It's hard to knock Chrysler's ongoing effort to boost the image of Detroit, and to link its own resurgence with the struggling comeback of the city. But I'm going to.
As anyone who watches "Mad Men," or has worked in advertising, can attest, everybody thinks they're an expert in advertising. Not everybody in a company thinks they can do the job of the chief financial officer or head of manufacturing. But advertising? Everybody has an opinion -- including me.
As I have written before, Chrysler's marketing chief Olivier Francois is "one of the crazy ones." I mean that in a good way. He's taken a lot of chances with Chrysler's advertising and is to be commended. And I think he is on to something with the latest batch of "Imported From Detroit," ads that offer captivating stories.
In one new ad for the Ram pickup, a woman is heard talking about her hard-working husband, his independence and his work ethic in the face of hard times and lost wages. It's as if she's reading from a note she's writing to him. There's a great line in the ad: "Where there is a truck, there is a job."
In another new spot, featuring the Jeep Wrangler, the story is told through the voice of a teenage girl. It sounds like she'ss writing in her journal, or to a friend she left behind in her old neighborhood, about the new city she's moved to with her family.
The stories do not sell, but rather convey. They convey that Chrysler champions people who are resilient and determined not to let hard times and bad luck get them down. And the vehicles play roles in the ads: The Ram is the husband's livelihood; the Jeep is the family car. In both ads, the cars are really integral members of the family.
This campaign started out in 2011, during the Super Bowl with the now infamous ad featuring Eminem and his iconic song "Lose Yourself." It continued this past February with a new ad, "It's Halftime in America" featuring Clint Eastwood.
"Imported from Detroit" began as an ad campaign just for the Chrysler brand, but it's evolved into a tagline, or slogan for you Mad Men fans, that's used for all of Chrysler's brands.
Here is where it's going off the track for me: Though the ads and the strategy are created by Francois and Portland, Ore., agency Wieden + Kennedy, I'm going to insert myself into the role of self-appointed ad wizard, called upon to doctor this strategy to save it from falling by the wayside.
1. Don't use "Imported from Detroit" for the Jeep brand. In all the travails of Chrysler's changed ownership over the last 13 years, and its bankruptcy, Jeep remained the most valuable piece of the company. Though Grand Cherokees are, in fact, made in Detroit, this brand should march forward with its image of American toughness, off-road capability and iconic status. Showing the Wrangler as the vehicle that this little family is using to start anew is just not the way to go.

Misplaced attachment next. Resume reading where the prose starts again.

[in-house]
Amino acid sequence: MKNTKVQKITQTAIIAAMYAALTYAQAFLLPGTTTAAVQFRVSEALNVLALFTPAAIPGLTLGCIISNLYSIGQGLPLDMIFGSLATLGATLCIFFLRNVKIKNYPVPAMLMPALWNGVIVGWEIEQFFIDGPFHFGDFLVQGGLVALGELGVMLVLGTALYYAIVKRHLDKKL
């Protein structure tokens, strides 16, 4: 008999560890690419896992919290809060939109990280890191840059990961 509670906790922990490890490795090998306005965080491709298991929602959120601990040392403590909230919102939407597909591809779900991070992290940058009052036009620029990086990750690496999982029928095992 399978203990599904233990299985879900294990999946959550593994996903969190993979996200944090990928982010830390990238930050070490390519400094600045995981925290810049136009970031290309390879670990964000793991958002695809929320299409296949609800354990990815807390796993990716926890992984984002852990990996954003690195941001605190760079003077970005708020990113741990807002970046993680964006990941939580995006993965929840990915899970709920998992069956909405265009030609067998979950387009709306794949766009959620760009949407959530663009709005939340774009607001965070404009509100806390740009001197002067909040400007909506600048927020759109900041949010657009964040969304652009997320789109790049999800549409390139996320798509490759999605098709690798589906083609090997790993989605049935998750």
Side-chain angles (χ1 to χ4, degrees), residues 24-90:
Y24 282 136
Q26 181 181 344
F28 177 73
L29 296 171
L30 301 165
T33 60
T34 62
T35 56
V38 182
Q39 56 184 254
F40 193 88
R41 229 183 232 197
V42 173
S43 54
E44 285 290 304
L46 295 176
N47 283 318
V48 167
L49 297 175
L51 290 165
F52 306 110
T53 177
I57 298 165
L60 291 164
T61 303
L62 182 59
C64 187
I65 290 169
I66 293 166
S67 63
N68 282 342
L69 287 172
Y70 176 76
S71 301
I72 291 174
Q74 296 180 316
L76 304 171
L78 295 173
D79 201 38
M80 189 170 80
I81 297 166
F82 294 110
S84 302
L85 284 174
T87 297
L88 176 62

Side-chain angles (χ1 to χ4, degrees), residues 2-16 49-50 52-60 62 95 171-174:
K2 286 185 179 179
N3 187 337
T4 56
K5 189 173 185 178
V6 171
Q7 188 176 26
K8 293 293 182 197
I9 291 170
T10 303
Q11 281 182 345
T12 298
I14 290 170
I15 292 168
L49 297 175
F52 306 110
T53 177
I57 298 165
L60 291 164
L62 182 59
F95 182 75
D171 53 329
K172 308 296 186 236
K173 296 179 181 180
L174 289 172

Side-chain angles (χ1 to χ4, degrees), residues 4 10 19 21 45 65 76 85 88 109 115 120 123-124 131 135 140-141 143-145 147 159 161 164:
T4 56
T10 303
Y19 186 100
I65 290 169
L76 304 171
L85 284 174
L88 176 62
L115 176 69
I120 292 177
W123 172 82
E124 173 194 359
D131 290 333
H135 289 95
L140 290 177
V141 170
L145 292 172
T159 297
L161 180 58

2. Keep individual brand campaigns for Dodge, Jeep and Ram with unique imagery, voice and slogans. "Imported from Detroit" can be used for the Chrysler brand, and for ads that show all the brands together. But don't use the line for a every brand individually. You'll be sorry. It will be over-exposed and you'll wind up killing it.
3. You need more genuine stories.These ads are nice. But I've quietly suggested to Chrysler that they take $1 million and give it to someone in the company designated to find big ideas and big stories in Detroit about real people and real contributions Chrysler is making to a city it's trying to help in a long-shot comeback. How about $1.2 million, and then spend $100,000 per month doing something concrete and meaningful in the city, and then telling us about it in ads, social media, online video and photo galleries.
4. I feel like this idea of "Imported from Detroit," is in danger of losing its edge and appeal because it's too dependent on mere ads created by a Portland ad agency. It's not rooted enough in the big idea of interesting people creating marvelous solutions for a city they deem worth saving. Some people are finding real solutions for their lives by moving into Detroit, taking advantage of dirt-cheap property prices, and carving out businesses that would have taken much more start-up money in other cities. The ads Chrysler is creating are cool paintings. But these ideas need more real stories behind them to engage viewers outside of Michigan.
5. There is no question that with Detroit facing a possible state takeover in the coming weeks, that the city's operations are still a mess. But the work being done in the city by real people -- from the Cherokees being built at Jefferson North, to the BBQ at Slows, the theater and opera at the Detroit Opera House and Fisher Theater, and the sports all being played downtown at Tiger Stadium, Ford Field and Joe Louis, and much more -- is worth talking about. These are the stories that can connect to Chrysler's vehicles and could be told to give this idea more truth, metal and grit.
Like I said, everyone is an ad expert. Count me in.
Grand Blvd. is a weekly column about cars from David Kiley, editor-in-chief of AOL Autos. He is a former marketing editor at BusinessWeek, and a former ad executive at three ad agencies.
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